Guest Post: The Next-Generation of Digital Signage – Beyond RSS Feeds

October 29, 2010 by Dave Haynes

From Times Square to retail storefronts to airport terminals, digital signs are gaining traction at a remarkable pace. A recent study by Northern Sky Research found the digital signage market has emerged even stronger following the economic downturn, allowing organizations across industries to easily capture the attention of important audiences – whether customers, employees, partners, or other constituents. As a result, one would assume that enterprises are taking full advantage of the communications power that digital signage presents. Or are they?

Mention the word “digital sign” and images of advertisements and breaking news headlines typically come to mind. With that type of content, organizations are often targeting those outside of company walls, such as prospective customers or passerbys. That approach certainly makes sense when stats show using digital signage in a retail environment, for example, can pull in 32.8 percent more store traffic.

But, the potential of digital signage to drive sales is just the tip of the iceberg. It’s really all about developing targeted messages to specific locations at specific times and therefore, the possibilities to reach individuals both outside and inside the organization are seemingly endless.

Organizations are getting much more creative and strategic about how they use digital signage on a daily basis, with many integrating signage into overall corporate, product, and employee communications. While pushing out ads and live RSS feeds still has great merit, taking digital signage to the next level can deliver tremendous financial, operational, and environmental rewards.

We’re seeing the next-generation of digital signage unfold around us, and it’s focused on three critical areas: training, compliance, and live broadcasting. Businesses are taking existing display devices and are pushing customized content, whether live or on-demand, to educate, influence, and update key stakeholders.

Here are some real-world industry examples of how digital signage has evolved and is now coming into play:

? Retail: The same devices that push in-store ads and product promotions to potential customers are being used to communicate in real-time with employees. From on-demand sales training, to live streams from executives about star performers and current product promotions, to support for industry-regulated educational initiatives around labor laws or PCI compliance, digital signage is allowing retailers to reach employees faster and more effectively than ever before.

? Manufacturing: Digital signage on manufacturing floors is driving critical safety and compliance training, with mandatory videos being pushed to staff whenever and wherever needed. Display devices can be automatically turned off and on, allowing manufacturers to take advantage of impromptu staff updates related to the workplace, supply chain, or customers.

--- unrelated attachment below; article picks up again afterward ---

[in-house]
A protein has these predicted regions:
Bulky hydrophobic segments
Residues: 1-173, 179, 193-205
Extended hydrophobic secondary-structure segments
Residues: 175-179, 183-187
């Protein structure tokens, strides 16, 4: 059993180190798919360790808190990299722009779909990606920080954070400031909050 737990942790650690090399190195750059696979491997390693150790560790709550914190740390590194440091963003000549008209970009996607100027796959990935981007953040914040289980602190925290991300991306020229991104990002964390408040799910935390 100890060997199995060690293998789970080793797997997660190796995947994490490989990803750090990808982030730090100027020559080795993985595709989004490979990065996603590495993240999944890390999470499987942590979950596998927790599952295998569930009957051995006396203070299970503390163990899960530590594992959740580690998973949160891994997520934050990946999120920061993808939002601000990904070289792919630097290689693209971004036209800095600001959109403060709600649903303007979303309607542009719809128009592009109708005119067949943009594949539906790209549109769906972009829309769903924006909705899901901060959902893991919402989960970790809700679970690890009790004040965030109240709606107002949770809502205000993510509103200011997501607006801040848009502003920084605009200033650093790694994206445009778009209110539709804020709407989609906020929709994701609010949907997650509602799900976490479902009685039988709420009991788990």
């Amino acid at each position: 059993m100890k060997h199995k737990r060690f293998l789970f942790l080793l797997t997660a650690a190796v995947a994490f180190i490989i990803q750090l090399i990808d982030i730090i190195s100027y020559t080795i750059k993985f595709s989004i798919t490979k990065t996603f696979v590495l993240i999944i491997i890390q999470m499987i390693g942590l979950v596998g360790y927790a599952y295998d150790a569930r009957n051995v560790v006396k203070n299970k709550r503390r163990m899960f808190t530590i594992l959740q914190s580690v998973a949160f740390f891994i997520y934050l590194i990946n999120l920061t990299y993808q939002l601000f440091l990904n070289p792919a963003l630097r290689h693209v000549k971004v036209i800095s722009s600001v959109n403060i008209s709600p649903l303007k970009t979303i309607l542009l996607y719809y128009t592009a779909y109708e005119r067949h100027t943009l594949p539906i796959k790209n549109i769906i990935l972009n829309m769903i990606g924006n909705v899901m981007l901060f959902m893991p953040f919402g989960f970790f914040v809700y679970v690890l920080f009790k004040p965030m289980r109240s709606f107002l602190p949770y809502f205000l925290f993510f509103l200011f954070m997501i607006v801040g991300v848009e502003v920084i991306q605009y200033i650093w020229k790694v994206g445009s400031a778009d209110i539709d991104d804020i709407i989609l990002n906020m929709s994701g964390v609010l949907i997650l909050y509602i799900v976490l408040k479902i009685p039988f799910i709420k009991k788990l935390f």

? Education: Already outfitted with projectors and plasma screens, K-12 through higher education institutions are going beyond RSS feeds to broadcast live content to students, such as emergency broadcasts and announcements from heads of schools. Digital signage is also supporting the use of on-demand classroom instruction to support dynamic learning and to provide more regular, ongoing communications, whether about lunch options, upcoming sporting events, new extracurricular activities, etc.

? Enterprise: Corporations from all industries are leveraging the benefits of digital signage beyond the standard “play lists.” From live executive communications and corporate announcements to “breaking news” and employee recognition, enterprises are reaching their internal audiences far more effectively. Training, “best practices”, and key messages are reaching more employees in more venues improving productivity and increasing skill-sets.

The bottom line is the benefits of digital signage go well beyond enhancing brand awareness. From boosting employee morale and improving staff retention to extending training reach and driving compliance, digital signage is a great avenue to reach more people, more often, and with more impact. Not to mention this effective electronic means of communication reduces the need for travel and paper-based communications, while improving workforce productivity, all resulting in tremendous cost savings and environmental benefits.

You may be asking yourself, “What has our digital sign done for us today?” Get creative! Make sure your messages are more compelling and memorable in order to capture the attention of those audiences that matter most. Use those displays to reach your constituents most effectively. The next generation of digital signage isn’t just for advertising – it’s part of your strategic communications strategy!

(Tom Racca is the President & CEO of BurstPoint Networks. BurstPoint Networks’ technology enables enterprises to use video to communicate smarter, faster, and more effectively with customers, partners, employees and investors.)

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